The World War II submarine film U-571 is a good war movie and a good action movie, but it suffers one major flaw: everything bad that can happen to the crew does happen, so it seems more like a catalogue of WWII submarine movie tropes rather than a compelling story in its own right.
Harold Keith's Rifles for Watie, winner of the 1958 Newbery Medal, is similar in that Keith manages to throw just about every Civil War story element into his novel. But where a good movie like U-571 can't quite transcend the clutter, a great book like Rifles for Watie takes all those elements and makes from them a deeply moving story about manhood, love, and war.
This is really the only Newbery book that can be called an epic. It begins just before the outbreak of the American Civil War and ends just after its conclusion, and follows the adventures and sorrows of Jefferson Davis Bussey. Bussey leaves his family's Kansas farm as a green 16-year-old to join the Union army after Missouri bushwhackers almost kill his father.
After that, everything happens. Jeff is present at several battles in the Western Theater, is court-martialed, witnesses an execution, almost starves to death, gets malaria, loses several friends to death, falls in love, meets real-life General Stand Watie, is chased for days on end, earns a Congressional Medal of Honor, and even enlists as a Confederate soldier while acting as a spy.
Stand Watie was a Cherokee leader who attained the rank of brigadier-general in the Confederate Army. His mounted raiders were feared fighters, and the plot of this novel revolves loosely around a fictional conspiracy of Watie to obtain repeating rifles from a corrupt Union officer.
Looking at the list of Jeff's adventures makes the whole thing look pretty unrealistic, but Keith brings them to such vivid life that it all makes sense. Rifles for Watie, after all, isn't an historical novel in the sense that Keith drops some modern-day characters into a vaguely historical context.
Rather, it's a novel about characters who think and act like people in the United and Confederate States of the 1860s would have thought and acted. In many ways this makes them even more relatable—not because they think exactly like 21st century people like us do, but precisely because they don't. We get the sense that these are real people, actually living out their often painful and sometimes joyful lives in the midst of America's most devastating conflict.
Keith seems intent on maintaining realism, no matter what he's describing. Whether it's the interactions of both Northerners and Southerners with slaves, the lack of military discipline within the ranks of Stand Watie's raiders, the effects of disease, or the powerful feelings of first love, Keith describes them with the utmost precision and care.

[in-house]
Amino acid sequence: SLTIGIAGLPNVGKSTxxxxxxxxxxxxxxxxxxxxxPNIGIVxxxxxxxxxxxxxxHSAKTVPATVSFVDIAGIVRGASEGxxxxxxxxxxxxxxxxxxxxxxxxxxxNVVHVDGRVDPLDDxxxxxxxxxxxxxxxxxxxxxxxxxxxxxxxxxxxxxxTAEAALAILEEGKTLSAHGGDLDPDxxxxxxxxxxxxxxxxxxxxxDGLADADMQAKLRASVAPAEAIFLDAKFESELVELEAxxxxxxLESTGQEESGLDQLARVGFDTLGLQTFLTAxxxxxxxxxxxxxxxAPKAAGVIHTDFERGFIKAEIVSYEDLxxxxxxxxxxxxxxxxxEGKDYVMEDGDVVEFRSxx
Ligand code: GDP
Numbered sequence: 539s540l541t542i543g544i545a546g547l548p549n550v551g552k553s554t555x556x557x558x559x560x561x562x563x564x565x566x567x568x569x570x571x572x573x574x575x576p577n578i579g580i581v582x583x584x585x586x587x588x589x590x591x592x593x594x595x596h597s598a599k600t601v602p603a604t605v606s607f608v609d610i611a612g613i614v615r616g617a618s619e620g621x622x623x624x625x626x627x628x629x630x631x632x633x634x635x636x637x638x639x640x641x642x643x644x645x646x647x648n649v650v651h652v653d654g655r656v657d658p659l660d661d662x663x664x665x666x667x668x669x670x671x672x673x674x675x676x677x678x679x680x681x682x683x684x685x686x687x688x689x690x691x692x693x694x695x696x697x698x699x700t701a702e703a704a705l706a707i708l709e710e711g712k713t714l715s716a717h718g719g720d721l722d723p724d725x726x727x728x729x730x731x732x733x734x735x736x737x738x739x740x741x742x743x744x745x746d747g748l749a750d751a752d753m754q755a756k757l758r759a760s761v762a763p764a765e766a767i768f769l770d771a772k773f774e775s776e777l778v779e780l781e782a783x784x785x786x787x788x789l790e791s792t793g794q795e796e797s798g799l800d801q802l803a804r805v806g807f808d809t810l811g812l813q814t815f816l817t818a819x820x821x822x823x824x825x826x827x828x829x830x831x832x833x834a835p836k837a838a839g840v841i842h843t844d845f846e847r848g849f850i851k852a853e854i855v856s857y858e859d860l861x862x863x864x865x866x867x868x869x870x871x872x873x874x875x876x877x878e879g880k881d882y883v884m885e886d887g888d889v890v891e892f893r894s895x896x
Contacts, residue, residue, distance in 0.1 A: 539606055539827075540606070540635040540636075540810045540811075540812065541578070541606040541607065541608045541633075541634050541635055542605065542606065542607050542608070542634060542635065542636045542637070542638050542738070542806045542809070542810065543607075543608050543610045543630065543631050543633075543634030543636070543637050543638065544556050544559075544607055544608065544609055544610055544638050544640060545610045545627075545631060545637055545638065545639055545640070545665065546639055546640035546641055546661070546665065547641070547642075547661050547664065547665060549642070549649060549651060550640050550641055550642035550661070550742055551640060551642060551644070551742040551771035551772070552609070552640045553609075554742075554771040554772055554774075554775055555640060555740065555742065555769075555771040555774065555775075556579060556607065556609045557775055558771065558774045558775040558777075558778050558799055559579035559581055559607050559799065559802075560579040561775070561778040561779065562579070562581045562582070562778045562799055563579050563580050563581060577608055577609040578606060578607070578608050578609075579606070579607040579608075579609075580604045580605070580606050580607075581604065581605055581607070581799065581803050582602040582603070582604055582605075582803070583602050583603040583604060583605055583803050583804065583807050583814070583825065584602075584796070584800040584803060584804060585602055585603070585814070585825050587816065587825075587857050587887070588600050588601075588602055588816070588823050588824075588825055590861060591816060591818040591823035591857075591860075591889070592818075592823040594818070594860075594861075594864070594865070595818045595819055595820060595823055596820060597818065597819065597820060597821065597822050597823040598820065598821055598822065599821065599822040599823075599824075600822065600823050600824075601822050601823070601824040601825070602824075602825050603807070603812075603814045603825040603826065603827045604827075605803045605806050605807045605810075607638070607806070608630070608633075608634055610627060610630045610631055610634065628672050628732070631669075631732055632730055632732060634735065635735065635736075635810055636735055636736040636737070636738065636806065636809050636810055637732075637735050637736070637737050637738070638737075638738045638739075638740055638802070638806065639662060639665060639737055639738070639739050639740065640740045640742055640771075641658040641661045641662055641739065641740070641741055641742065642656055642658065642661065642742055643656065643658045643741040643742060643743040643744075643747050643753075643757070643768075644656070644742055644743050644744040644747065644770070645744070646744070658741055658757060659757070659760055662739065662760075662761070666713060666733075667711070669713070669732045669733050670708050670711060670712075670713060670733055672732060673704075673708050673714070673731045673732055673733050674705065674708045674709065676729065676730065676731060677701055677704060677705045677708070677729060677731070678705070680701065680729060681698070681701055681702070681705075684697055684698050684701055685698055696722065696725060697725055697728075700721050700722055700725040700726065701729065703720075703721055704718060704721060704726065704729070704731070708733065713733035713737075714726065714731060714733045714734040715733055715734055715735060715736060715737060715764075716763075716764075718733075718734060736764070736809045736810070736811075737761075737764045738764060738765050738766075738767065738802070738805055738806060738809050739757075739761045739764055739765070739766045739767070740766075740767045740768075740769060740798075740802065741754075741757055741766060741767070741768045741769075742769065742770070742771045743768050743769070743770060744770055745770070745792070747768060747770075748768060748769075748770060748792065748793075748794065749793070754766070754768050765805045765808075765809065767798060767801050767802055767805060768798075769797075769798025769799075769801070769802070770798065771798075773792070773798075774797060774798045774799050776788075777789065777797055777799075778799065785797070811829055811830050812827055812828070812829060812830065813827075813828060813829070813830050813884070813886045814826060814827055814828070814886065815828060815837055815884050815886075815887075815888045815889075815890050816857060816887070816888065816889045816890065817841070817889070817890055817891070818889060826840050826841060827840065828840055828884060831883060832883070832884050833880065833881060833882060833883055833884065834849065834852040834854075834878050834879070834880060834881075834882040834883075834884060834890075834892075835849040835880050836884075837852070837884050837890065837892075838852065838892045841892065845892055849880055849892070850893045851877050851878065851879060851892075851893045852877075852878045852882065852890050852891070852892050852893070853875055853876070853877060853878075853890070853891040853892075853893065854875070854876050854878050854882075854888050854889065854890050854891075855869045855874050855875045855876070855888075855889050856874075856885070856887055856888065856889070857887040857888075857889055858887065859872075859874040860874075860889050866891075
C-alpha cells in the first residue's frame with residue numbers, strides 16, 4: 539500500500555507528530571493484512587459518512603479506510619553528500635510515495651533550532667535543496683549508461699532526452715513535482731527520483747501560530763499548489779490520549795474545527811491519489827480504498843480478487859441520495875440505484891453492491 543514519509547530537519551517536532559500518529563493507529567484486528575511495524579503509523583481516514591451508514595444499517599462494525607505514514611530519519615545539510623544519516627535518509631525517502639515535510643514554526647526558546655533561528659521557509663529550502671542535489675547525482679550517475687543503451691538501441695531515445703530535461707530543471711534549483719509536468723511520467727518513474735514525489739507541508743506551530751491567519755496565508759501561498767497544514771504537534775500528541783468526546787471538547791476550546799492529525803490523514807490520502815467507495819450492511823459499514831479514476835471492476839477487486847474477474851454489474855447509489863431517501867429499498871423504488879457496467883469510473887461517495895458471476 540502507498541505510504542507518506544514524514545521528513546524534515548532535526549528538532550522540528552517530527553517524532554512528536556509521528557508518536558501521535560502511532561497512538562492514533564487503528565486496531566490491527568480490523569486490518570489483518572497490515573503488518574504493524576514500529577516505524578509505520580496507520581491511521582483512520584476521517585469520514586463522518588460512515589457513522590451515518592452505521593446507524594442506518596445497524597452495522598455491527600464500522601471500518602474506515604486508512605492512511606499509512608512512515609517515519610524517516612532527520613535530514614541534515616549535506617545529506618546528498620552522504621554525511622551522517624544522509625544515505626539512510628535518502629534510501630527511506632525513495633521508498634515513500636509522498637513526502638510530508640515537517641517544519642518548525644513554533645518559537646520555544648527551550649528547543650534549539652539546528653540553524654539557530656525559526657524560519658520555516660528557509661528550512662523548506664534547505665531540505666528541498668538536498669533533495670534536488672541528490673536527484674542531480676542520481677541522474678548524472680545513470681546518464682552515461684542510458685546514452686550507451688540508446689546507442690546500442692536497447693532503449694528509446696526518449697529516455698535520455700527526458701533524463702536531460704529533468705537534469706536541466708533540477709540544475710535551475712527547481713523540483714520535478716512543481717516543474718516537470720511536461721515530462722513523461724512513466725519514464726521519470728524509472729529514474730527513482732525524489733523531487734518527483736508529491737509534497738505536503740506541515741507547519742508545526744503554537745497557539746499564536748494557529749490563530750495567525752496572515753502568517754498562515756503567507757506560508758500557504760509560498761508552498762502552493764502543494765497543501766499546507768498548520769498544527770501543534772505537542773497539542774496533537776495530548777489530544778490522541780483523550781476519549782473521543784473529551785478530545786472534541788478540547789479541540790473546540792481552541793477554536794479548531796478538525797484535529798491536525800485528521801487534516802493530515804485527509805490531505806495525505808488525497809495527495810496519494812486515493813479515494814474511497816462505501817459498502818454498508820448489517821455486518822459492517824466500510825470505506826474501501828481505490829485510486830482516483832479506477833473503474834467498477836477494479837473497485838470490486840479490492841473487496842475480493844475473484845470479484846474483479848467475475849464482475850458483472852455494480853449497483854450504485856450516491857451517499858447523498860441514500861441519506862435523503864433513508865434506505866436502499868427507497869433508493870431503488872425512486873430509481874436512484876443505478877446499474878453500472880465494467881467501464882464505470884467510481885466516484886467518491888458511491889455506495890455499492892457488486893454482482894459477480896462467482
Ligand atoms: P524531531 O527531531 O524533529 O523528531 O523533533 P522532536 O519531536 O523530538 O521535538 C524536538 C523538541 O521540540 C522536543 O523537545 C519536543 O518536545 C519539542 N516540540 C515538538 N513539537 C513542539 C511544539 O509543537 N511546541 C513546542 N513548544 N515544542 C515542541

This also leads him to a level of grittiness few novels for adolescents attain. Descriptions aren't gratuitous, but the book is about war and Jeff sees its horrifying effects firsthand. Yet the depictions are balanced: there is blood and gore, but there are also scenes of bereft wives and mothers, the aftermath of raiding parties, and loss of innocence.
As Jeff moves from recruit to veteran, he becomes more honest and realistic about his country and the war. He also becomes a man, and Keith is a good enough writer that the change is gradual and subtle rather than all at once. Before his first battle, Jeff can't wait to fight the enemy; after four years of fighting, his attitude is quite different.
One of the things that makes this novel so good is that Jeff often has to wrestle with his feelings, but ultimately he reaches the conclusion that it is his conscience and what he knows to be right which must guide his actions, not how he feels. This leads him more than once to make painful decisions, but in so doing he becomes a worthy protagonist and even a role model.
Unlike many historical novels on the Newbery Medal list, this one doesn't shy away from tackling real historical issues. As a white Christian Unionist from Kansas, Jeff must grapple with his attitudes toward slavery, the depredations inflicted on the South by the North (and vice versa), the unconstitutional conduct of the U. S. government, etc.
You'd be hard pressed to find a better Civil War novel for middle or high school students. In fact, Keith's masterpiece holds its own among Civil War fiction in general, both for its compelling narrative and its accurate portrait of life and attitudes at a critical moment in our nation's history. If you haven't read this one yet, you should.
Review by C. Hollis Crossman
C. Hollis Crossman used to be a child. Now he is a husband and father, teaches adult Sunday school in his Presbyterian congregation, and likes weird stuff. He might be a mythical creature, but he's definitely not a centaur. Read more of his reviews here.
Review by C. Hollis Crossman
C. Hollis Crossman used to be a child. Now he's a husband and father who loves church, good food, and weird stuff. He might be a mythical creature, but he's definitely not a centaur. Read more of his reviews here
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